What’s in this article?
Canada Revenue Agency (CRA) uses information on when you moved in or out of Canada to determine your residency status in Canada for income tax purposes. If you travelled extensively, lived, or worked abroad in the year, you may still have to pay federal and provincial or territorial income taxes.
Your residency status can be determined by:
- The purpose and duration of your stay outside Canada
- The ties you establish in your new country
- How long and how often you return to Canada
- Your residential ties to Canada
Based on the information you provide, the CRA can determine if you are a factual resident, deemed resident, a non‑resident, or a deemed non-resident of Canada for income tax purposes, and assess the amount of Canadian income tax you will pay. Click this link for more information about determining your residency status.
You become a resident of Canada for income tax purposes when you establish significant residential ties in Canada. You usually establish these ties on the date you arrive in Canada.
As a resident of Canada for income tax purposes for part or all of a tax year (January 1 to December 31), you must file a tax return if you:
- have to pay tax; or
- want to claim a refund.
Even if you have not received income in the year, you have to file a tax return so that the Canada Revenue Agency can determine if you are eligible for:
- the goods and services tax/harmonized sales tax (GST/HST) credit;
- the Canada child tax benefit; and
- payments from certain related provincial or territorial programs.
If you move out of Canada to live in another country or sever your residential ties with Canada, you are considered an emigrant for income tax purposes.
You are considered a non-resident of Canada if you normally live in another country and are not considered a resident of Canada, or do not have significant residential ties in Canada and live outside Canada throughout the tax year or stay in Canada for less than 183 days in the year.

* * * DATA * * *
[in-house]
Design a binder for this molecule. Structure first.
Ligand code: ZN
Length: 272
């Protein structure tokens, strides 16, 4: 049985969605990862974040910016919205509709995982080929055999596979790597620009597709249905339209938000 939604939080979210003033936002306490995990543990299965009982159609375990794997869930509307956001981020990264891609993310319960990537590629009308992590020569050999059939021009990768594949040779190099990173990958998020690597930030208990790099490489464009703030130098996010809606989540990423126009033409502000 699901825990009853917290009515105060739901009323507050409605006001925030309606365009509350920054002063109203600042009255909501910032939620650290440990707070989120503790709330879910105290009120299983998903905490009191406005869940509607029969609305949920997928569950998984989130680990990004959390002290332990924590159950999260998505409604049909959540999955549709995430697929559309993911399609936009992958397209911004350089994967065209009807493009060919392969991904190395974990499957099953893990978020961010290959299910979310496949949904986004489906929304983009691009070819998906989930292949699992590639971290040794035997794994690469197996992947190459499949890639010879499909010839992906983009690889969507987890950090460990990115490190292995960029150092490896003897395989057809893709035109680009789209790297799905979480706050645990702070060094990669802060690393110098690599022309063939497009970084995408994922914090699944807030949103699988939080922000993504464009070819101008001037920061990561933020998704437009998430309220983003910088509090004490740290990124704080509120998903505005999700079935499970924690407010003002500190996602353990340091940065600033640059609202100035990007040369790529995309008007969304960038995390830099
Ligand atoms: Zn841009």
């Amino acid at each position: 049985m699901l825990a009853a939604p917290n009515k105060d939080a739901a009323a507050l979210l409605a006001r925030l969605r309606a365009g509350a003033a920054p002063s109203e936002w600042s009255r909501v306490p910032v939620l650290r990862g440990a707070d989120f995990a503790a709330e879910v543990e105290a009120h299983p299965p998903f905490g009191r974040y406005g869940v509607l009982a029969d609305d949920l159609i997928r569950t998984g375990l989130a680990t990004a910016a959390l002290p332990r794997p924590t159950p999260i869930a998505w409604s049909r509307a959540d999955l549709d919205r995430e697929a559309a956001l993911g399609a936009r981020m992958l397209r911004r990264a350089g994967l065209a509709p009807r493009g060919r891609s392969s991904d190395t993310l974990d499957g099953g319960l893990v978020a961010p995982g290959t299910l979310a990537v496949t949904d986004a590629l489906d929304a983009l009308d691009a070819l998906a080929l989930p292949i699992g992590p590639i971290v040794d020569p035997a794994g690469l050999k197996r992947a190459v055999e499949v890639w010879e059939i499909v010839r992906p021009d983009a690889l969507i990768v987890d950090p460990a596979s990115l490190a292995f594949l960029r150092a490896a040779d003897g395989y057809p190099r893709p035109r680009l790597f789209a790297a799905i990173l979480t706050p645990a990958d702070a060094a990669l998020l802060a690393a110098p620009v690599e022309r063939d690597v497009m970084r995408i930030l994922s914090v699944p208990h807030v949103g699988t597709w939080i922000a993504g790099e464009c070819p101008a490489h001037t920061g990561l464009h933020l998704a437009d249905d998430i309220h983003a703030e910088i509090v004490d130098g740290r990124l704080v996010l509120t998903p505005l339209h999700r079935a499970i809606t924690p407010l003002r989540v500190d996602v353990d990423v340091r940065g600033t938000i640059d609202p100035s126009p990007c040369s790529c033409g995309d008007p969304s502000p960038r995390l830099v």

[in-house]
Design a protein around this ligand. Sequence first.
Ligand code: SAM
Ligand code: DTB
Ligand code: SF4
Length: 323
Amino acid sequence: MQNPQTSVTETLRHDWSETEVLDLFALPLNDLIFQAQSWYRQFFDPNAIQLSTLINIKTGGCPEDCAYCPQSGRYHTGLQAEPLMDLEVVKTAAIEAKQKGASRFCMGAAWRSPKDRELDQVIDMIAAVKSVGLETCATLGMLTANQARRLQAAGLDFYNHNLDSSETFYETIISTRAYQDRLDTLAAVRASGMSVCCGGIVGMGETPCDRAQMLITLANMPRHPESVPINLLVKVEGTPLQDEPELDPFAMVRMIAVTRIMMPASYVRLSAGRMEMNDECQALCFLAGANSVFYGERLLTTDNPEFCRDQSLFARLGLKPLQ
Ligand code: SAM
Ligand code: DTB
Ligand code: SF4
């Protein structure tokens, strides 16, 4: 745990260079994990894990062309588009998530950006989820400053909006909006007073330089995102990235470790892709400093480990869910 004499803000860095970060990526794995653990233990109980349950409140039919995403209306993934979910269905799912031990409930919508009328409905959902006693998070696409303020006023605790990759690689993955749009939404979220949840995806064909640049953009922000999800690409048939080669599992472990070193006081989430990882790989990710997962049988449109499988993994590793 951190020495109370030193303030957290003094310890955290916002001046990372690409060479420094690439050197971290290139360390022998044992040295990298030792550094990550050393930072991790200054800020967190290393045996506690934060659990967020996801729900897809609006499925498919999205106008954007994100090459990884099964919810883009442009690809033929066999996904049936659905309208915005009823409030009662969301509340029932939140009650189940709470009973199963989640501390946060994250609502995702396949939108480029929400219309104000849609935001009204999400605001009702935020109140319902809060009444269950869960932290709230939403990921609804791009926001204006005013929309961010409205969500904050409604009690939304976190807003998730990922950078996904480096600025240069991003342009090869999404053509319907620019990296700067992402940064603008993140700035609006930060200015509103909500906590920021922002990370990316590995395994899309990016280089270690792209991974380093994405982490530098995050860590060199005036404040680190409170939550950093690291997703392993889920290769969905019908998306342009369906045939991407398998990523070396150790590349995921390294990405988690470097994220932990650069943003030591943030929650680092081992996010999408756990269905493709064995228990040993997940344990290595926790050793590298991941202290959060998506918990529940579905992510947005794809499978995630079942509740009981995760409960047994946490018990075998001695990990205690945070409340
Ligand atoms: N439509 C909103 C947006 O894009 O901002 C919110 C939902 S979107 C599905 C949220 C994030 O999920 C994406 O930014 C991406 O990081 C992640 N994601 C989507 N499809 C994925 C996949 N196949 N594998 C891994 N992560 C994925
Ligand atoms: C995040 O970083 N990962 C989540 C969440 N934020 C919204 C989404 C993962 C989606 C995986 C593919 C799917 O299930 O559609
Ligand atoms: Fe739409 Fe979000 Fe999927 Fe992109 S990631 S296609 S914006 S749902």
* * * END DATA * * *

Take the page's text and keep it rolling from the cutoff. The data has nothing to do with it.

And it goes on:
You are considered a deemed resident of Canada if you lived outside Canada during the tax year, did not have significant residential ties, and you are a government employee. You are a deemed resident also if you lived in Canada for 183 days or more in the tax year, do not have significant residential ties with Canada, and are not considered a resident of another country under the tax treaty between Canada and that country.
If you keep significant ties to Canada while living or travelling outside the country, you are a factual resident.
Revenu Québec says…
If you have sufficient residential ties in Québec, you are considered a Québec resident for income tax purposes, generally as of the date of your arrival in Québec.
If you severed your residential ties with Québec and moved out of the province, you will become a Québec resident again when you return to Québec and re-establish residential ties there.
If you moved to or out of Canada in the year, you must provide information to CRA or Revenu Québec, as applicable. Depending on whether you have residential ties in Canada, duration of your stay in Canada, your ties to another country, and duration of your stay outside of Canada and reasons for such stays, the CRA can assess whether you must file an income tax return and the income tax payable by you.
Based on your residency status you may be:
Click on the links above to see the tax obligations and rules for each.
- Individuals - Leaving or entering Canada and non-residents (CRA website)
- Determining your residency status (CRA website)
- Income Tax Folio: S5-F1-C1, Determining an Individual's Residence Status (CRA website)
- Government employees outside Canada (CRA website)
- Are You a New Resident? (Revenu Québec website)
- Québec Resident and Residential Ties (Revenu Québec website)